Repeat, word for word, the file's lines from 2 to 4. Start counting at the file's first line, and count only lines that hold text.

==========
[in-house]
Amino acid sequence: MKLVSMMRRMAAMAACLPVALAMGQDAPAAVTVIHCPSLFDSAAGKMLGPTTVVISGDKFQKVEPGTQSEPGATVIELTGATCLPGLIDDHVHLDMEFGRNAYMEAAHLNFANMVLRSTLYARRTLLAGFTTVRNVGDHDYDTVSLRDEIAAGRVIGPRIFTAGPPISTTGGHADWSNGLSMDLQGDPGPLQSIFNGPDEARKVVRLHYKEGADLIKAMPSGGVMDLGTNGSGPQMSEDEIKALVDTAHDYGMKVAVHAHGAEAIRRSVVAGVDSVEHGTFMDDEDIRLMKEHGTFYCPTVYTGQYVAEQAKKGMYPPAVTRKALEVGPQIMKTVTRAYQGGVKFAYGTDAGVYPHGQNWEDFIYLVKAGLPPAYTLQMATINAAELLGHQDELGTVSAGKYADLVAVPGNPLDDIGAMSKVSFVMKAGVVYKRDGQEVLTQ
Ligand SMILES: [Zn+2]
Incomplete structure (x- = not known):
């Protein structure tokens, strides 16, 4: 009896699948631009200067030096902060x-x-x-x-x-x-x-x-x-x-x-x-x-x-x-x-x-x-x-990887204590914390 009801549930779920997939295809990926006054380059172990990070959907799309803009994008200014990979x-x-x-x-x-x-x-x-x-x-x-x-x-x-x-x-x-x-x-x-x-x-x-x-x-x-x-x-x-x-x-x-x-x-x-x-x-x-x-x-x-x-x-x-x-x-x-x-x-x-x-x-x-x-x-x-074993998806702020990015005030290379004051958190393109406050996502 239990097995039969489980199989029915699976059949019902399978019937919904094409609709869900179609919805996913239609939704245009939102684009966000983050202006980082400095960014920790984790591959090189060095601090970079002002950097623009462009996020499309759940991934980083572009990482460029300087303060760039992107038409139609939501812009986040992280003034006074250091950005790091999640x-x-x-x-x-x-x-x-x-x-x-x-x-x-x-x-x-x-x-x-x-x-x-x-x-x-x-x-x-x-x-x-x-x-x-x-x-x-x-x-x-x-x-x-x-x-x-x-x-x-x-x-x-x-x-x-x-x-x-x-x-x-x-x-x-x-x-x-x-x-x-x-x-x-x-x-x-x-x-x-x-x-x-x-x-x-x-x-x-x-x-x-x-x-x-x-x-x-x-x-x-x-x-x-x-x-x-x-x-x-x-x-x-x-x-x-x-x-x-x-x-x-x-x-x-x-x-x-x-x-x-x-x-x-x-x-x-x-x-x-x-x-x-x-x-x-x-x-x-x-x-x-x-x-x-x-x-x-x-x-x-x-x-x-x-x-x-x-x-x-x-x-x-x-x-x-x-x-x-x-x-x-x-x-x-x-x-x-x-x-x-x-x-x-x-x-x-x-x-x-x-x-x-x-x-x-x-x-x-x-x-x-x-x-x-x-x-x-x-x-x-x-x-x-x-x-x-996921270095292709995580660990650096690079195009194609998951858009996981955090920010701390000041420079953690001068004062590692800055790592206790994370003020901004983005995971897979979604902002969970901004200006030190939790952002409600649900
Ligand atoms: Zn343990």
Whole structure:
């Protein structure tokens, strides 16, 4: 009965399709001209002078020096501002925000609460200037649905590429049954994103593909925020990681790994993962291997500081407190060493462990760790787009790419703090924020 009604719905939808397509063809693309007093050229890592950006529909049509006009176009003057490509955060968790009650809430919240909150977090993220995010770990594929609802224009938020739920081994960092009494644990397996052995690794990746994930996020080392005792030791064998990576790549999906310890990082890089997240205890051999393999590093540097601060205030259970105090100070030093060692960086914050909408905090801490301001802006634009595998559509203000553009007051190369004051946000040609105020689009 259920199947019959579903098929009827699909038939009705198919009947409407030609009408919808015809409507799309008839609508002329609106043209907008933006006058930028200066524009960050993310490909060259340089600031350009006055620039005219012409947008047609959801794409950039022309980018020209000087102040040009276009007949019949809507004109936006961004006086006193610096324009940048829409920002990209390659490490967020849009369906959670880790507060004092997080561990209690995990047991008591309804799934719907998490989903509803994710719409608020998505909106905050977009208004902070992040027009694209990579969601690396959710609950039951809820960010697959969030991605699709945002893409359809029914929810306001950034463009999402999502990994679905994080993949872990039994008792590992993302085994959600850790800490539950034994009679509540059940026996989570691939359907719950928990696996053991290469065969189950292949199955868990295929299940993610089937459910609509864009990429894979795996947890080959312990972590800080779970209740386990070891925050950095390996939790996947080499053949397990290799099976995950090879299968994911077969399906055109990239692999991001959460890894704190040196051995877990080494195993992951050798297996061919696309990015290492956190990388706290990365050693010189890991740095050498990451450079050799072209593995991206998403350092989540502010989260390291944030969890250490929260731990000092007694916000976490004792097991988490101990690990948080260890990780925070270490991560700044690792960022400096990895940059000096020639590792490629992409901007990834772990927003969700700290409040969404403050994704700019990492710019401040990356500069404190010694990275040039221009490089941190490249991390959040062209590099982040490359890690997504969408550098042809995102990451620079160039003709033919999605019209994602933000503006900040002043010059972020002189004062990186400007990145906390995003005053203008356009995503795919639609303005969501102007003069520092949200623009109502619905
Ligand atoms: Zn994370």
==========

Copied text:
Amino acid sequence: MKLVSMMRRMAAMAACLPVALAMGQDAPAAVTVIHCPSLFDSAAGKMLGPTTVVISGDKFQKVEPGTQSEPGATVIELTGATCLPGLIDDHVHLDMEFGRNAYMEAAHLNFANMVLRSTLYARRTLLAGFTTVRNVGDHDYDTVSLRDEIAAGRVIGPRIFTAGPPISTTGGHADWSNGLSMDLQGDPGPLQSIFNGPDEARKVVRLHYKEGADLIKAMPSGGVMDLGTNGSGPQMSEDEIKALVDTAHDYGMKVAVHAHGAEAIRRSVVAGVDSVEHGTFMDDEDIRLMKEHGTFYCPTVYTGQYVAEQAKKGMYPPAVTRKALEVGPQIMKTVTRAYQGGVKFAYGTDAGVYPHGQNWEDFIYLVKAGLPPAYTLQMATINAAELLGHQDELGTVSAGKYADLVAVPGNPLDDIGAMSKVSFVMKAGVVYKRDGQEVLTQ
Ligand SMILES: [Zn+2]
Incomplete structure (x- = not known):